But it's still not enough for the tech giant. The company is on track to reduce its energy consumption 20% by 2010 and increase its renewable-energy purchases this year by more than 350%. It is adding to its line of Energy Star-compliant products (which adhere to standards set by the Environmental Protection Agency and Department of Energy) and improving recycling and education programs.
"Consumers want to buy responsibly. We know they care about social and environmental issues, and it's having a significant impact on brand," Gary Elliott, HP VP-brand marketing, says in an e-mail. "We are well-positioned to respond to the green trend because we've had environmental programs in place for decades."
Three core priorities
And while it may seem like HP's efforts are widespread, the strategy behind them is focused. By analyzing the three main ways the company affects the environment -- through products, operations and supply-chain partners -- HP was able to come up with three focus priorities: energy efficiencies, eco-friendly design, and reuse and recycling. Ads such as "Motherboard" state: "Our vision for a healthy planet is at the core of everything we create."
HP instituted formal recycling programs in 1987. On the corporate side, HP received more than $6 billion in requests for proposals last year that specifically required environmental considerations, and those are just the ones it can track, says Susanne Sonderhoff, HP environment marketing manager-corporate marketing.
Inquiries about the environment from consumers have also jumped, now doubling every quarter, she says.
The most common questions are about recycling, Ms. Sonderhoff says, primarily, "How do I do it?" That's where HP marketing comes in. It has a dedicated website and programs set up to aid customers. For instance, HP will collect electronic waste for free, including non-HP products.
The company includes a postage-paid return envelope inside every print-cartridge box sold to allow customers to send in the old cartridge for recycling. HP also works with retail partners including Best Buy, Office Depot, Wal-Mart and even Starbucks to hold recycling days when people can turn in old IT equipment.
HP is also concentrating more efforts on reuse, asking consumers to stop before recycling and ask, "Does this product have any life?" and encouraging participation in its programs for green-friendly leasing, buyback and donations. Engaging print ads that mark HP's recycling and overall green cause use lines such as "We'll take away your PC, printers and guilt" and the more thought-provoking "How far will energy go?"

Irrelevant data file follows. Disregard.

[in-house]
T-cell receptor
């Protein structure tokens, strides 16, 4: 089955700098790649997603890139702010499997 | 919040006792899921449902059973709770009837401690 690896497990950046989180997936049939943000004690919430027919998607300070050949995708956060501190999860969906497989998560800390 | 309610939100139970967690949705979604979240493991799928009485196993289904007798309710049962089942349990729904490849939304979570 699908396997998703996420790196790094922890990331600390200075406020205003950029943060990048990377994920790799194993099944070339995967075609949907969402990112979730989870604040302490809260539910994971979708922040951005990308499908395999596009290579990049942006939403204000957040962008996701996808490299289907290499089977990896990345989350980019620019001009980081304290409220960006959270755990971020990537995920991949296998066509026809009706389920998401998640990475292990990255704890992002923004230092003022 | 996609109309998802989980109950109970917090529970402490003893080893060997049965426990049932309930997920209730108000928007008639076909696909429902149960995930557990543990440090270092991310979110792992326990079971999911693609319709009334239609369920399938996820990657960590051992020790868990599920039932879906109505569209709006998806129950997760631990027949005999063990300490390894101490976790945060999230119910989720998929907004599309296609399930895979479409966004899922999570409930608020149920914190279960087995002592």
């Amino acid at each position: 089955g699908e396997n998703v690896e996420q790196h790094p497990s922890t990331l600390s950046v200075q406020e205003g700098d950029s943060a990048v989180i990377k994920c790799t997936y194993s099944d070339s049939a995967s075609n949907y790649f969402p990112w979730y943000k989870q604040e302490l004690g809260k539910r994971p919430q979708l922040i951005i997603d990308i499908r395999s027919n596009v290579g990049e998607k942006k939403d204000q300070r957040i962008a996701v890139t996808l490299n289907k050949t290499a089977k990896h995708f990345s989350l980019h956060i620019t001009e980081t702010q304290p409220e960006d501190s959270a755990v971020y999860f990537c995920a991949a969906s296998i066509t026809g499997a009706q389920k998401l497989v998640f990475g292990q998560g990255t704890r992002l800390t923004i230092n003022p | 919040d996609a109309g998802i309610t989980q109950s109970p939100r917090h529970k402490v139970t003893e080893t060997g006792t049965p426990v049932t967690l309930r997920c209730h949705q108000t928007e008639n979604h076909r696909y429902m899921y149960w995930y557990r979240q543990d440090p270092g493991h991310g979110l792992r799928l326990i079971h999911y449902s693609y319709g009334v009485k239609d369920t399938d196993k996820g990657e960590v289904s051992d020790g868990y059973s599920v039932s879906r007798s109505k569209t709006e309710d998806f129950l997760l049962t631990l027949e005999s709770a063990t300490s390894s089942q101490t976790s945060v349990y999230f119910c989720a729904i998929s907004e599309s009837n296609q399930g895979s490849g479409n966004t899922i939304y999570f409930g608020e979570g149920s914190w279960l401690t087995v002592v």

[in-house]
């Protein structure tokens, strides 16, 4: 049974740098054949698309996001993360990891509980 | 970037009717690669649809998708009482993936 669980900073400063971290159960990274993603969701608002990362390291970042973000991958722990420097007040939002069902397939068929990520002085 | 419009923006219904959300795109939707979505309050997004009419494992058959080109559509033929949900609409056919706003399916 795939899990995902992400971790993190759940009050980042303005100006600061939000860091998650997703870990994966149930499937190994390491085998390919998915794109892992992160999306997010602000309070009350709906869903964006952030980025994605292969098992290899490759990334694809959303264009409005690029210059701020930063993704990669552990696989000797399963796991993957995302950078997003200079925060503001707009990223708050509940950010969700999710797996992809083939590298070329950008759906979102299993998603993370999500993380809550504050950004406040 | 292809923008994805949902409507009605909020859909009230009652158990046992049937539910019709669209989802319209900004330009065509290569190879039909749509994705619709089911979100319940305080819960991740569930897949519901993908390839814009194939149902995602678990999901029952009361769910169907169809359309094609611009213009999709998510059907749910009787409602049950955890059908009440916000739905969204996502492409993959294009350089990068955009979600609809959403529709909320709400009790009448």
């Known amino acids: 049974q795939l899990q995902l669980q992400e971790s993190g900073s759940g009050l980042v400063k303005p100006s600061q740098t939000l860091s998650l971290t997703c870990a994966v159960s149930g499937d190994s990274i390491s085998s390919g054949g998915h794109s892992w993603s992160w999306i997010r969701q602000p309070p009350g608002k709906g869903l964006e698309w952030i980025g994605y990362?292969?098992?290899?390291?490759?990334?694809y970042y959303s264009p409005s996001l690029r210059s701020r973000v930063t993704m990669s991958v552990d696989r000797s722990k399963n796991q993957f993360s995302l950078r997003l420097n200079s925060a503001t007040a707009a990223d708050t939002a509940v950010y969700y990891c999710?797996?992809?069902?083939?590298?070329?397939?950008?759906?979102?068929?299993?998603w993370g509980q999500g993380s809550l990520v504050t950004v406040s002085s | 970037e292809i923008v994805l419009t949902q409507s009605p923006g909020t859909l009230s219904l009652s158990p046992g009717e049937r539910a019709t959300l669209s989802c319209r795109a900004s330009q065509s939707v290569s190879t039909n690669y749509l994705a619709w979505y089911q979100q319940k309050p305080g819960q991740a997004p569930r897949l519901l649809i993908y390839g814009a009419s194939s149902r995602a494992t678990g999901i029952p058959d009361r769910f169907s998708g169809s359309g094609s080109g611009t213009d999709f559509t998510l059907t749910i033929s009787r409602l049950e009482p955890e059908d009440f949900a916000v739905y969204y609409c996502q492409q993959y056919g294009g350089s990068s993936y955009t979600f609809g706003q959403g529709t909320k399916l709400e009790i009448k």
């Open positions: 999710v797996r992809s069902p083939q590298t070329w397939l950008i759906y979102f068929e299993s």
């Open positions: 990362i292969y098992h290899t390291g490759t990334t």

HP is working to cut energy use internally. A member of the Green Grid consortium seeking to improve data-center energy efficiency, it's developed an automated air-conditioning technology that's designed to conserve energy. It aims to save the company between 20% and 45% in cooling-energy costs. HP also redesigned print-cartridge packaging for North America, a move it says will lower greenhouse gas emissions by an estimated 37 million pounds in 2007.
Another important part of HP's environmental positioning and marketing is education. As Ms. Sonderhoff says, "You can never start learning about the environment too early."
HP partnered with Scholastic to create a teaching program called "Get in the Technology Loop!" to distribute teaching guides to schools for fourth- to sixth-graders. The program includes lessons about saving energy, recycling, reuse and environmental responsibility.
HP has joined with the World Wildlife Fund in an effort that begins with HP's own energy and carbon-dioxide-emission reduction with regular reporting to the WWF and extends to educational efforts, best-practices marketing and project funding.
The first WWF project funded by HP will be a study of the impact of climate change on the wildlife and habitats of North America's Bering Sea.
The global environmental community has also noticed HP's stepped-up efforts. The company has made the prestigious Global 100: Most Sustainable Corporations in the World every year since the list's inception in 2005. It was also named one of 10 global green giants by Fortune.